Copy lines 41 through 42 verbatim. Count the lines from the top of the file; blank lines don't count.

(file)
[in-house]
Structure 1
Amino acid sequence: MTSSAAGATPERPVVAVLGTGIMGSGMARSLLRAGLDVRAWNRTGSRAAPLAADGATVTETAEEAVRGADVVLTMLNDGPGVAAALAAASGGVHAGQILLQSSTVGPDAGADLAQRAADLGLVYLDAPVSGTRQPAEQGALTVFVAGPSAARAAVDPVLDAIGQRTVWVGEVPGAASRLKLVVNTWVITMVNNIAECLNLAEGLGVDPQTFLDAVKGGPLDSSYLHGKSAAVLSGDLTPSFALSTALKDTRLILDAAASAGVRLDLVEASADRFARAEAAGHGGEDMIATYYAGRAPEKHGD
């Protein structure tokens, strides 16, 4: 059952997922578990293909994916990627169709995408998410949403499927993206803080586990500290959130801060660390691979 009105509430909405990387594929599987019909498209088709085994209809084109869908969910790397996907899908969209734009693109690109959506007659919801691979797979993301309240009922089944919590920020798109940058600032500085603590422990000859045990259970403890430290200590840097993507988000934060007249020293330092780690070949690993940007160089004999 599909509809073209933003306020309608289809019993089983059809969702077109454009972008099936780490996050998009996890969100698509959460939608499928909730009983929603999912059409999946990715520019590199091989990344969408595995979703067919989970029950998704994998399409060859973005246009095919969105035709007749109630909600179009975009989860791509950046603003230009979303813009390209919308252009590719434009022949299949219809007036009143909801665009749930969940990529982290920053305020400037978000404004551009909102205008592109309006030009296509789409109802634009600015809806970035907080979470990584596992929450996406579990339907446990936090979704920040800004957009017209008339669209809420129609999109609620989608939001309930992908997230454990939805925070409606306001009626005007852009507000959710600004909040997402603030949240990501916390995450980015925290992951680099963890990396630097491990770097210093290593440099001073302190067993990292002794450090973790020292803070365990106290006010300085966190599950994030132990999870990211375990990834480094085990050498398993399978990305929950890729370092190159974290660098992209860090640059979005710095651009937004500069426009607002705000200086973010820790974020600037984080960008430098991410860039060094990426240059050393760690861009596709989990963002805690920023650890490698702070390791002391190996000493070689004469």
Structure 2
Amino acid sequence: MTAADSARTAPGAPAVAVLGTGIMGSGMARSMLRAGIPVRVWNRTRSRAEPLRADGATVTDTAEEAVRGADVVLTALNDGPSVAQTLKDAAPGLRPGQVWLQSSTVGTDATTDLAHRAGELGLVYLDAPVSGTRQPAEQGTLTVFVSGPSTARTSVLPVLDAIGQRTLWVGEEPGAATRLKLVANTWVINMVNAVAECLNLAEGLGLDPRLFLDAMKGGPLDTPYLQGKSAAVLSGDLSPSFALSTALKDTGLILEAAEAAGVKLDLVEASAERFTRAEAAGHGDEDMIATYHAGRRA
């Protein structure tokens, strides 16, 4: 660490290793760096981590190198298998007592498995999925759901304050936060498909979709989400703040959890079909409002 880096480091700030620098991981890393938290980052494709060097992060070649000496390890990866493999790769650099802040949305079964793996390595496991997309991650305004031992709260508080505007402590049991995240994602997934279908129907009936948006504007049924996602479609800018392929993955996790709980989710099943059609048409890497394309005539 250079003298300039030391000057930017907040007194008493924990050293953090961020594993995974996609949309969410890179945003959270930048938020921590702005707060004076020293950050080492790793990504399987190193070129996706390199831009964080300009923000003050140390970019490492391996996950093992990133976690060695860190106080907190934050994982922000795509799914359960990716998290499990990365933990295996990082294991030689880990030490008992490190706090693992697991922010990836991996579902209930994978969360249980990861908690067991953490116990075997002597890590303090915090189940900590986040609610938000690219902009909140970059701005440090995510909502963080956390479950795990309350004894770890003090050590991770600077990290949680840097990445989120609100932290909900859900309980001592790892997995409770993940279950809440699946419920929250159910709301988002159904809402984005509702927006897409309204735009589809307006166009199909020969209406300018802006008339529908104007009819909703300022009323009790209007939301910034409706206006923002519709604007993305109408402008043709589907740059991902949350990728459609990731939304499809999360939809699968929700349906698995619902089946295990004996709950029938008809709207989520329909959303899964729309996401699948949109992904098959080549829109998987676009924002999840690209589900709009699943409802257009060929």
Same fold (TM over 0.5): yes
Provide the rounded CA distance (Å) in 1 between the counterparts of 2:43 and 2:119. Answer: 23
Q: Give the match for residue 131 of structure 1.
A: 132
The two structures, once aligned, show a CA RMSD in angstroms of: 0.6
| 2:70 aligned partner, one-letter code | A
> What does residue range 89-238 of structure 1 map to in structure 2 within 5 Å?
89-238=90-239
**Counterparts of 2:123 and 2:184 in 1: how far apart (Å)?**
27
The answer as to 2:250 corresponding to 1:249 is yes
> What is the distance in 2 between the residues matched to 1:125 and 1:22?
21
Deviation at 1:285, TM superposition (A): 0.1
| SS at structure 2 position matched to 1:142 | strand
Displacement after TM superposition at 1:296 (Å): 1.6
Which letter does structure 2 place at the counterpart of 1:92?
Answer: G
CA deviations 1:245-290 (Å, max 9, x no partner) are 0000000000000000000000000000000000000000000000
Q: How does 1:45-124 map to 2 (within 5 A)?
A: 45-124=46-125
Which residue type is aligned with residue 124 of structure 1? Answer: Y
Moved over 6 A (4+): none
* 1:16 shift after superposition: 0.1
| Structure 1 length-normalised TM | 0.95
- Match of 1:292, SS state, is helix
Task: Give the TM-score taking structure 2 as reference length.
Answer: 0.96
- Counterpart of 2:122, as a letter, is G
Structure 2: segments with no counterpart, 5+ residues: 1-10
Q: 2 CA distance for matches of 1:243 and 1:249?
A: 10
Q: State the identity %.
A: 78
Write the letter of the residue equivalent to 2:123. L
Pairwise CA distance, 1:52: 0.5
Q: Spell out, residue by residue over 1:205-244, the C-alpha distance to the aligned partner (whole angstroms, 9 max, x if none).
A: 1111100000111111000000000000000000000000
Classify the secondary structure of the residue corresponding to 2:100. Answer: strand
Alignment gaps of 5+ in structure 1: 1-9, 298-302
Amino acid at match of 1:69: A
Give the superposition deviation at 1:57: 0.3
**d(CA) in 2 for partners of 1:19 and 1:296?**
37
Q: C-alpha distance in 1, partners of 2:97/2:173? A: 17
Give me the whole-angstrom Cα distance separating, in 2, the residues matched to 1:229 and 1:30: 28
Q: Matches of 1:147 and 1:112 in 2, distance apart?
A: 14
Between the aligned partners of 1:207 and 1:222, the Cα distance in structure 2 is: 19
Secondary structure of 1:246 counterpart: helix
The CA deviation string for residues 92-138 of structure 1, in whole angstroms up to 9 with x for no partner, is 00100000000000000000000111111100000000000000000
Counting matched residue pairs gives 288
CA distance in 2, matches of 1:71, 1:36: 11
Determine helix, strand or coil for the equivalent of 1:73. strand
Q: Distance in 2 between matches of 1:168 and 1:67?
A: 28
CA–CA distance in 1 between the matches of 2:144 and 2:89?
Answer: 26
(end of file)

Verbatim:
A: 78
Write the letter of the residue equivalent to 2:123. L